New technology could eventually convert your footsteps into energy for your smartphone. Though the use of kinetic energy to produce power is not a new concept, a couple engineers believe they have created a more effective and less cumbersome way of harnessing this energy than previous technology.
According to New Scientist, the energy lost as heat while you walk is enough to power a light bulb. Tom Krupenkin and Ashley Taylor at the University of Wisconsin, Madison, converted the energy of moving liquid into electrical current:
They experimented with a range of liquids but eventually settled on a liquid metal alloy called Galinstan that is used in thermometers, as it has similar properties to mercury but is nontoxic.
A reverse electrowetting device placed in a shoe could produce between 1 and 10 watts, hundreds of times as much as piezoelectric energy harvesters, which generate tens of milliwatts when compressed. "The amount of energy you can produce is very large in comparison with other methods for energy harvesting," says Krupenkin.
The BBC has more:
Although similar methods exist for low power electronics, up until now there was no practical mechanical to electrical conversion technology that could provide such high levels of output, Krupenkin explained.
"What's been missing is the power in the watts range," Taylor said.
Two small pouches are filled with a fluid that is designed using nanotechnology to generate an electrical current when compressed over and over again by the up and down motion of the foot.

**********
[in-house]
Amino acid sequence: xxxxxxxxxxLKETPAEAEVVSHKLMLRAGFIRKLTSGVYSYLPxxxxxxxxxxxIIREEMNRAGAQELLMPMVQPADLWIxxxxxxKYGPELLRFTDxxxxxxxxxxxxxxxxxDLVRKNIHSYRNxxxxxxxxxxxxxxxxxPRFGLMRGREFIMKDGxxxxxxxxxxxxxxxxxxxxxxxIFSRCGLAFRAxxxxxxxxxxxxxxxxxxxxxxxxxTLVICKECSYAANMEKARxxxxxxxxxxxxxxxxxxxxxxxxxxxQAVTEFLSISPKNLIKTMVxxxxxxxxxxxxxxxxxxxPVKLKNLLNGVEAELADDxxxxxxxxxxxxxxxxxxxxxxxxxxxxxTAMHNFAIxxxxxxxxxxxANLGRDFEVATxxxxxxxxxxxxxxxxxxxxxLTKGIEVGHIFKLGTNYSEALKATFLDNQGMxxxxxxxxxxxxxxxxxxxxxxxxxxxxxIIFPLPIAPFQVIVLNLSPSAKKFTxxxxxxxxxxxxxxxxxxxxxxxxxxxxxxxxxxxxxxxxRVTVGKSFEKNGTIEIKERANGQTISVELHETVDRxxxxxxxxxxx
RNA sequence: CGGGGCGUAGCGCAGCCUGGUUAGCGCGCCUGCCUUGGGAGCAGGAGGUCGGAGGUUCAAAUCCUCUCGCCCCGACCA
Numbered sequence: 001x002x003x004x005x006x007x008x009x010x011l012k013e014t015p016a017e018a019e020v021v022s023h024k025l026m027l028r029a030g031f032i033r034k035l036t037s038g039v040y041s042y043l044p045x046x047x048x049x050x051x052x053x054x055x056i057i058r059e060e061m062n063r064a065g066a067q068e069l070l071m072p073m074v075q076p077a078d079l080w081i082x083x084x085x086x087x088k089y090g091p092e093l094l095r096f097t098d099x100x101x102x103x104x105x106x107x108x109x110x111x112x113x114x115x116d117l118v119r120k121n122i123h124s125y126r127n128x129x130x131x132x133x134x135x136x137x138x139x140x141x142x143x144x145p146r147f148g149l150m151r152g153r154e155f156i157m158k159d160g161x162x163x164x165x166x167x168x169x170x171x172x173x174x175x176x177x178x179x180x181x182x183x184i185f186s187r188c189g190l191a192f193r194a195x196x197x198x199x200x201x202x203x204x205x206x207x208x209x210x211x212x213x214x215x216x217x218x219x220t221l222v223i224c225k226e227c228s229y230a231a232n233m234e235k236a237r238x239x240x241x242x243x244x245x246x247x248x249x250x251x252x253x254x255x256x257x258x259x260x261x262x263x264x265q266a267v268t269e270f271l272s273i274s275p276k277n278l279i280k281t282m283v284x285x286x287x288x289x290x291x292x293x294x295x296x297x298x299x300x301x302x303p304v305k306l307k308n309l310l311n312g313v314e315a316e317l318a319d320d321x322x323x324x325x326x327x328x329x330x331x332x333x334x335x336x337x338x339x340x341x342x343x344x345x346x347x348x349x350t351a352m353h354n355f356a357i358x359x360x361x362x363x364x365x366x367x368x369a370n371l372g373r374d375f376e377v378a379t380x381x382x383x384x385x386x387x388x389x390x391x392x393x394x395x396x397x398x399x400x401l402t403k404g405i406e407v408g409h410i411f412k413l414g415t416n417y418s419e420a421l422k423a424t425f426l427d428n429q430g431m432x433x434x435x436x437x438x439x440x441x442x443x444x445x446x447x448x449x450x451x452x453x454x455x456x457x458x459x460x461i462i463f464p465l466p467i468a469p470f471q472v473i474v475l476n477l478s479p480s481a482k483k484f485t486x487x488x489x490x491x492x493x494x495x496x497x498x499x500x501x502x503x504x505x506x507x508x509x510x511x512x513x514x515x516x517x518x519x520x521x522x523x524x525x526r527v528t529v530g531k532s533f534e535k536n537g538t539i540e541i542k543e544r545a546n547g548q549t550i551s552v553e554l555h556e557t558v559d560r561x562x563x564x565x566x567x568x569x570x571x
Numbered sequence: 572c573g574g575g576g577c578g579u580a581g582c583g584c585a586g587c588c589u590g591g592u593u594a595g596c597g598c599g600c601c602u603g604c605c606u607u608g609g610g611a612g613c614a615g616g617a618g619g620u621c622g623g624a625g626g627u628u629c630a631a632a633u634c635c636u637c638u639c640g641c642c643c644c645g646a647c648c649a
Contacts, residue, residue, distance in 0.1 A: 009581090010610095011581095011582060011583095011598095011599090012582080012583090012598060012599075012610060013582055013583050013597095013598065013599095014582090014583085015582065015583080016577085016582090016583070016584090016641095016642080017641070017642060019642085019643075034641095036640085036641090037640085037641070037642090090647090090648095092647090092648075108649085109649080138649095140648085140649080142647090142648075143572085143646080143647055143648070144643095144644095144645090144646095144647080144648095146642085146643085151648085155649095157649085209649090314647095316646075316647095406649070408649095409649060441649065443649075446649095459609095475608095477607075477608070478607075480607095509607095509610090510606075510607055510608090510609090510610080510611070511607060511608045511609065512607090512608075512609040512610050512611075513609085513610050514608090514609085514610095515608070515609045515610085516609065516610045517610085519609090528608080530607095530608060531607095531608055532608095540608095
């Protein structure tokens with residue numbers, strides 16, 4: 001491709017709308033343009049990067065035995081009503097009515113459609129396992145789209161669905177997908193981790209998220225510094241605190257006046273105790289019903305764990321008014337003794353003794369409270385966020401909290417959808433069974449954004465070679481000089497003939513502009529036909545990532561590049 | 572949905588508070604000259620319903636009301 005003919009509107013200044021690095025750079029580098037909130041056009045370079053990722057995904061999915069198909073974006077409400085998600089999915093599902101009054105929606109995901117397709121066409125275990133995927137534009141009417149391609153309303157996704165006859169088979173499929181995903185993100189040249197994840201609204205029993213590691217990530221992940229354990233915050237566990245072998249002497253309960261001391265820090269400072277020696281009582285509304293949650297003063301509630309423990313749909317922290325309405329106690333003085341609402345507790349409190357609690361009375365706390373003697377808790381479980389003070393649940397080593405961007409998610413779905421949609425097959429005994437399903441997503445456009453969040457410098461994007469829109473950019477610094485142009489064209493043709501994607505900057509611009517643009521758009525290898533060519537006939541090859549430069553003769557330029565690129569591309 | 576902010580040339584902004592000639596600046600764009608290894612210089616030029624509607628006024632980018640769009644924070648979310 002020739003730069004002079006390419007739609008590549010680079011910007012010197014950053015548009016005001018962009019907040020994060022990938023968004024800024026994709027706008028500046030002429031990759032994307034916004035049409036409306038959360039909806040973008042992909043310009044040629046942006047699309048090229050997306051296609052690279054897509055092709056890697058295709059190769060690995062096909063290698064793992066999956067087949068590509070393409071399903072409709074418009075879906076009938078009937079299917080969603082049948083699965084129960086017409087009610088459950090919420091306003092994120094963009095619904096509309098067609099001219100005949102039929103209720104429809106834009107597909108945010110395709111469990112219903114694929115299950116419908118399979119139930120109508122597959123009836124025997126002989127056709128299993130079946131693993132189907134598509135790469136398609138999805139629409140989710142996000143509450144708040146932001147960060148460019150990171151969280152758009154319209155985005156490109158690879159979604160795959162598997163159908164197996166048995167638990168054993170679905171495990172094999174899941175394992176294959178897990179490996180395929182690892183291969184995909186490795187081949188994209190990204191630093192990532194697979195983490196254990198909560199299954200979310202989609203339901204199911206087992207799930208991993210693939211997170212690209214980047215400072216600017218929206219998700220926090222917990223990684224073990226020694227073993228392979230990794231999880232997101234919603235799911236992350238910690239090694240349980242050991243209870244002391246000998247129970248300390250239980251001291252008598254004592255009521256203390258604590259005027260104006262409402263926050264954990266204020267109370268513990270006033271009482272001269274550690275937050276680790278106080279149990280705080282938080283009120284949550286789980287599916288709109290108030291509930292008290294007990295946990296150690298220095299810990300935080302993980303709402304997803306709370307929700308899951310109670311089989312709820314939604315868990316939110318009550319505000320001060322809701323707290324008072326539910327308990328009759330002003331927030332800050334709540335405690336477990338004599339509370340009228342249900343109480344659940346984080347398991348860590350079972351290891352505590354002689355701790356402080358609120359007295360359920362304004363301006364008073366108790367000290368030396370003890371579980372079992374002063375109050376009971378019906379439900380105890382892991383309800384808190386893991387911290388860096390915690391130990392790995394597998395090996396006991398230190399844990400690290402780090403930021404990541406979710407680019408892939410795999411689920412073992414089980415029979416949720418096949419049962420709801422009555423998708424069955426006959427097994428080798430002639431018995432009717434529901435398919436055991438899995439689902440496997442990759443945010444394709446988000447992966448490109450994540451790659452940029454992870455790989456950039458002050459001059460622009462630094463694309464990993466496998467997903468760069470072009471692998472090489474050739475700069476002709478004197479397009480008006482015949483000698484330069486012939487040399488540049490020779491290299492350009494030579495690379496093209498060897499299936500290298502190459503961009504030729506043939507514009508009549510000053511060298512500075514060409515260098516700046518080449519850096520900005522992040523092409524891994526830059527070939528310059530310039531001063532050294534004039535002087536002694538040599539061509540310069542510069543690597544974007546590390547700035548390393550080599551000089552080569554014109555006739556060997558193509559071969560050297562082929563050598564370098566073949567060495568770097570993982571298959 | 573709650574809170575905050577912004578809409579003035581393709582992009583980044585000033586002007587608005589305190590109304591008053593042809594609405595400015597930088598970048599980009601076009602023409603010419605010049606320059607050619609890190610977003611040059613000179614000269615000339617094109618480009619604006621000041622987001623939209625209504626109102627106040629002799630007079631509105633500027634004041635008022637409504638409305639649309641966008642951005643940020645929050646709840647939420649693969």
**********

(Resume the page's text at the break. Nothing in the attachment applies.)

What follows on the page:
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During their research, they found that most of the battery power in a cellphone gets used up searching for and connecting to hot spots or the signals from cellphone towers. So the scientists incorporated a Wi-Fi hot spot transmitter into the harvester. The harvester, instead of the battery in the phone, powers the hot spot device.
“You cut the power requirements of your cellphone dramatically by doing this,” Krupenkin said. “Your cellphone battery will last 10 times longer.”
Once the technology is refined it could help power smartphones, GPS, equipment, night vision googles, you name it. The scientists see it as especially useful for military operations where plugs may be hard to come by.
The scientists said the technology is still years away from either military or commercial use. Nature Communications published a description of this new technology.